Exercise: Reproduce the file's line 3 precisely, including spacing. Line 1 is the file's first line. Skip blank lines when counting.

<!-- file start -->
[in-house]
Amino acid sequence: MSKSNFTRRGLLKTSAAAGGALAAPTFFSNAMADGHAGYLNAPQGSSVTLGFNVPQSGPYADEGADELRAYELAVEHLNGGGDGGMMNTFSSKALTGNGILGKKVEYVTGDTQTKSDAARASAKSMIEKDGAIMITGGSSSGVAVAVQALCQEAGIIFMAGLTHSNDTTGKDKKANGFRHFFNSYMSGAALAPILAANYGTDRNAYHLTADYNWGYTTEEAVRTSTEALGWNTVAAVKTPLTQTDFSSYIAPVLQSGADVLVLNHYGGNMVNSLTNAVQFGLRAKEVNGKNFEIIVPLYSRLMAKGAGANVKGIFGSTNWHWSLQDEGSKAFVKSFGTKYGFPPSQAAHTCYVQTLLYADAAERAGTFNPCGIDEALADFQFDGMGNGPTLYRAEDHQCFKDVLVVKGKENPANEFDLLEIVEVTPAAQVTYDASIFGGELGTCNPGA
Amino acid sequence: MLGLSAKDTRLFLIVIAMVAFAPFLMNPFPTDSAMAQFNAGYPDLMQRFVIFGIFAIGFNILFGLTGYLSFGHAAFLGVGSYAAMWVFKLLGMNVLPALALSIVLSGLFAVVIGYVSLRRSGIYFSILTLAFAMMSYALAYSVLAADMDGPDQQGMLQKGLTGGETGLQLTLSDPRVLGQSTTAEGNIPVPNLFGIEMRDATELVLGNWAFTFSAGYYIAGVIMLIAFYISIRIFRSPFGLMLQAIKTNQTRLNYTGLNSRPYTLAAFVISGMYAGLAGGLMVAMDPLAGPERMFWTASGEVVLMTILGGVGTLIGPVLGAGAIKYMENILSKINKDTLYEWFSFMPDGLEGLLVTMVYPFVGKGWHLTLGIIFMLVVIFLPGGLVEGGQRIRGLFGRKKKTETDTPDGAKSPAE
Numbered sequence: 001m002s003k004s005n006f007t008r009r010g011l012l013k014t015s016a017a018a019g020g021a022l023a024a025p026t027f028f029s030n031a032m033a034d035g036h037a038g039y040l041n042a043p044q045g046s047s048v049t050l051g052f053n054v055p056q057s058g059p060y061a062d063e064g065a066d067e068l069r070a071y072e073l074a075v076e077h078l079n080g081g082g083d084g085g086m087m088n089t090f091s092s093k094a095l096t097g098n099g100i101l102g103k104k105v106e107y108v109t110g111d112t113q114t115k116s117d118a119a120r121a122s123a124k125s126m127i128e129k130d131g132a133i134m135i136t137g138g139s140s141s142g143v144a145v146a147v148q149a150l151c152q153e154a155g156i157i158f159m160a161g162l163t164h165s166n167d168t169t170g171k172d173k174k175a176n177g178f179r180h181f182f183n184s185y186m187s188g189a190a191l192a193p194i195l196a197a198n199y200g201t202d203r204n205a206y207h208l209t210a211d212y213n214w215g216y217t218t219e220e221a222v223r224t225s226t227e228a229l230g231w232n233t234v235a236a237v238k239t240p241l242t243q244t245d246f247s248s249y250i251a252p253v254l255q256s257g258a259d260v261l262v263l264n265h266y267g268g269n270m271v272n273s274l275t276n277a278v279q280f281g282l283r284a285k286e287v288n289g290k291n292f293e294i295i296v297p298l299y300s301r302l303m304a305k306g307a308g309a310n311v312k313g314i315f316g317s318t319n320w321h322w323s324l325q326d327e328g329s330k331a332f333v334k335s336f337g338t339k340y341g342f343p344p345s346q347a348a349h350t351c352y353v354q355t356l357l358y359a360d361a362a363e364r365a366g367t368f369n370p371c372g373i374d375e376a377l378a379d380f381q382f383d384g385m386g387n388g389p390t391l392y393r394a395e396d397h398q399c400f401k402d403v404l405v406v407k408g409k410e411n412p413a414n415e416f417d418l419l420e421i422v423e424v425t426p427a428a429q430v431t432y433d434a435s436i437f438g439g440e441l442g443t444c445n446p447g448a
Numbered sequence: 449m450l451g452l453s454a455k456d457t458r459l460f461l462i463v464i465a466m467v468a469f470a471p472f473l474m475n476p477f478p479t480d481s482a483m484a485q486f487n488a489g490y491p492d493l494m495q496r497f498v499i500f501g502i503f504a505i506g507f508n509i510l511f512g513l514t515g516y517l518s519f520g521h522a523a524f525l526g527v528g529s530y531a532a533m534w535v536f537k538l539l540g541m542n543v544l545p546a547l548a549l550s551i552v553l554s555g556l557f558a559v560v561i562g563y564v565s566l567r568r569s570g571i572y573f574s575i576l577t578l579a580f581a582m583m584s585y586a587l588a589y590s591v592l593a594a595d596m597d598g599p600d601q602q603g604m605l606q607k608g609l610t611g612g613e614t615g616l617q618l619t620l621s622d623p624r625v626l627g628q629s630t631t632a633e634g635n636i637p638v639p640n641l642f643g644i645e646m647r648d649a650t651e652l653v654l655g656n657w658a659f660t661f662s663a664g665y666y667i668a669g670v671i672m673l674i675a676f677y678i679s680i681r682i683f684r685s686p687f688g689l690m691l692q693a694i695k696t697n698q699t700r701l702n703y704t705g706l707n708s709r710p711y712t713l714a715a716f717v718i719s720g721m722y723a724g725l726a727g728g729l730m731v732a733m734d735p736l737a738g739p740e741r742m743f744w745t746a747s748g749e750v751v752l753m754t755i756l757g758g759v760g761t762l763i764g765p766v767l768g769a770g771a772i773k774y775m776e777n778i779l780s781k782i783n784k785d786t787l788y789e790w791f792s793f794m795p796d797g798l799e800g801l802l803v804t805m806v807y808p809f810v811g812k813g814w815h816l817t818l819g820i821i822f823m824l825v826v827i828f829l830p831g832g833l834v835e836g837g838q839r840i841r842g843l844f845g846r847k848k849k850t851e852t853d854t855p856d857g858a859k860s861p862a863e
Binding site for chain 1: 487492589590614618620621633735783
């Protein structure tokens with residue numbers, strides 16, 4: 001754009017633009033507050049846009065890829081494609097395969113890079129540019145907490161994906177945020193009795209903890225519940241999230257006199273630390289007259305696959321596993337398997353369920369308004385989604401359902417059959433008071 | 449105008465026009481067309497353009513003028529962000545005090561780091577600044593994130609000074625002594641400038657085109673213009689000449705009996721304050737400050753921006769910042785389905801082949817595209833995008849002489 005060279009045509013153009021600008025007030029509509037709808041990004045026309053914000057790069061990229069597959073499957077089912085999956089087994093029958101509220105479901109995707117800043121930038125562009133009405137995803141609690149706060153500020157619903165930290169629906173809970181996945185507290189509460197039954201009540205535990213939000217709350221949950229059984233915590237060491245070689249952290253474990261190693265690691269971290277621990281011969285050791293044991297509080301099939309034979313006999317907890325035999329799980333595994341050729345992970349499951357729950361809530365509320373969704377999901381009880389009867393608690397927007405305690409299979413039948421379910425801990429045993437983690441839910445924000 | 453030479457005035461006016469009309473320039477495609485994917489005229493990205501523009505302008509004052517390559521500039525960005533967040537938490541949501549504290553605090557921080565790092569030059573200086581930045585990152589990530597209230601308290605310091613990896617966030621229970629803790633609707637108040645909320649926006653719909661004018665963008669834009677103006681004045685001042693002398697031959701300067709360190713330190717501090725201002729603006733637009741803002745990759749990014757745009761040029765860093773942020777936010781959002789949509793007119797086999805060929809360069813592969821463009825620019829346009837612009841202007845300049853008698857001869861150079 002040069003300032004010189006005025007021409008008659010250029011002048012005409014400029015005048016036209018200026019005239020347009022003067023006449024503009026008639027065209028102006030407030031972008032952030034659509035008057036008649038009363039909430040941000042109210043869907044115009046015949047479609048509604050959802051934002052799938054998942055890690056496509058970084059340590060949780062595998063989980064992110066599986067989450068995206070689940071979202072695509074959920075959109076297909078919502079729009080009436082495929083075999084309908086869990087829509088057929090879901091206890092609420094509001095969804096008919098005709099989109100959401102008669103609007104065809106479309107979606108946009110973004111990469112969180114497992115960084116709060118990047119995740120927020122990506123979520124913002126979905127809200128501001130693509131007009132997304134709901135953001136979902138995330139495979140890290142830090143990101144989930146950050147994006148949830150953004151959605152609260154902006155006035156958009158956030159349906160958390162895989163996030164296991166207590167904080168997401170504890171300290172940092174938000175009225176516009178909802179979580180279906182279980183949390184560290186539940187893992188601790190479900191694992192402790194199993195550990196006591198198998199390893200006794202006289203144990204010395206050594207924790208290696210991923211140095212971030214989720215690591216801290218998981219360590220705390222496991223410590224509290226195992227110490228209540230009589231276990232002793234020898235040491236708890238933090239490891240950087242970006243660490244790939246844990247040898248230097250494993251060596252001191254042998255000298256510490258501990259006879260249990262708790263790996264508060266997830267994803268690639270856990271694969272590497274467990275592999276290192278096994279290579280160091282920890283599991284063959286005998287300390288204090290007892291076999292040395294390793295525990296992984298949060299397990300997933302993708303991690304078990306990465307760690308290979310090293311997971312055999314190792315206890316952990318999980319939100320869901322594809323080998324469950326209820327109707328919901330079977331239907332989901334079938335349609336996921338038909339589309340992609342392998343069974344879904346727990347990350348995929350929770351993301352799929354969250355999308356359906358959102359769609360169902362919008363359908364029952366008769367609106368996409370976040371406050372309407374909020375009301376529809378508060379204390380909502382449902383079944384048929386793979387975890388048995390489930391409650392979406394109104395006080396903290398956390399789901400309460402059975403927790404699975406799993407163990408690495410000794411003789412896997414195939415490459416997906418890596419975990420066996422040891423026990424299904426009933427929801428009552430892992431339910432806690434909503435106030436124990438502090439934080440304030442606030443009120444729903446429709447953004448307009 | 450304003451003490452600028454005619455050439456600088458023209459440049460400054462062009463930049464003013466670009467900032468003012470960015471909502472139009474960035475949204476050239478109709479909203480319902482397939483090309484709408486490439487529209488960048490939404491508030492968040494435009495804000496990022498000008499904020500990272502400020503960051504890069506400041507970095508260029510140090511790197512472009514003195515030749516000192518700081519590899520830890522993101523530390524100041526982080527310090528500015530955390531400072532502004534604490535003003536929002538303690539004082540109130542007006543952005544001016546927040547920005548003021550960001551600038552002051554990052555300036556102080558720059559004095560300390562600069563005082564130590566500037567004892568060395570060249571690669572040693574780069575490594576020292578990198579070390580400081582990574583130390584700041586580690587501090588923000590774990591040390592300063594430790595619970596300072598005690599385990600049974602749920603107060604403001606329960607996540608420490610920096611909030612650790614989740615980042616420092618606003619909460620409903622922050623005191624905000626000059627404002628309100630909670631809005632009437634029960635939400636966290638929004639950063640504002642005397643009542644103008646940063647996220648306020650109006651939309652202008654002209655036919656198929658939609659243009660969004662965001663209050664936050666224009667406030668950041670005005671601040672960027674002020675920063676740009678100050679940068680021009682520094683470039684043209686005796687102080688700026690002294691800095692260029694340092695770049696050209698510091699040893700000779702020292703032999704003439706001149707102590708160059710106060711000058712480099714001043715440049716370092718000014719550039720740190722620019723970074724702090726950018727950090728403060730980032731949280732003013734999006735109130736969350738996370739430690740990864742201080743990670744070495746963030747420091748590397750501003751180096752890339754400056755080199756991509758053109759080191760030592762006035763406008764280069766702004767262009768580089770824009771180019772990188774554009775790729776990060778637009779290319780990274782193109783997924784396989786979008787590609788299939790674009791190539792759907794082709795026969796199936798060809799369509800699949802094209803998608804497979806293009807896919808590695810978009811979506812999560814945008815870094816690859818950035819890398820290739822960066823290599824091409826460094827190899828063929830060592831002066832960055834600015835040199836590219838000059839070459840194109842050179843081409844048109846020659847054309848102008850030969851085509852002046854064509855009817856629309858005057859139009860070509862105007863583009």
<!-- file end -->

Amino acid sequence: MLGLSAKDTRLFLIVIAMVAFAPFLMNPFPTDSAMAQFNAGYPDLMQRFVIFGIFAIGFNILFGLTGYLSFGHAAFLGVGSYAAMWVFKLLGMNVLPALALSIVLSGLFAVVIGYVSLRRSGIYFSILTLAFAMMSYALAYSVLAADMDGPDQQGMLQKGLTGGETGLQLTLSDPRVLGQSTTAEGNIPVPNLFGIEMRDATELVLGNWAFTFSAGYYIAGVIMLIAFYISIRIFRSPFGLMLQAIKTNQTRLNYTGLNSRPYTLAAFVISGMYAGLAGGLMVAMDPLAGPERMFWTASGEVVLMTILGGVGTLIGPVLGAGAIKYMENILSKINKDTLYEWFSFMPDGLEGLLVTMVYPFVGKGWHLTLGIIFMLVVIFLPGGLVEGGQRIRGLFGRKKKTETDTPDGAKSPAE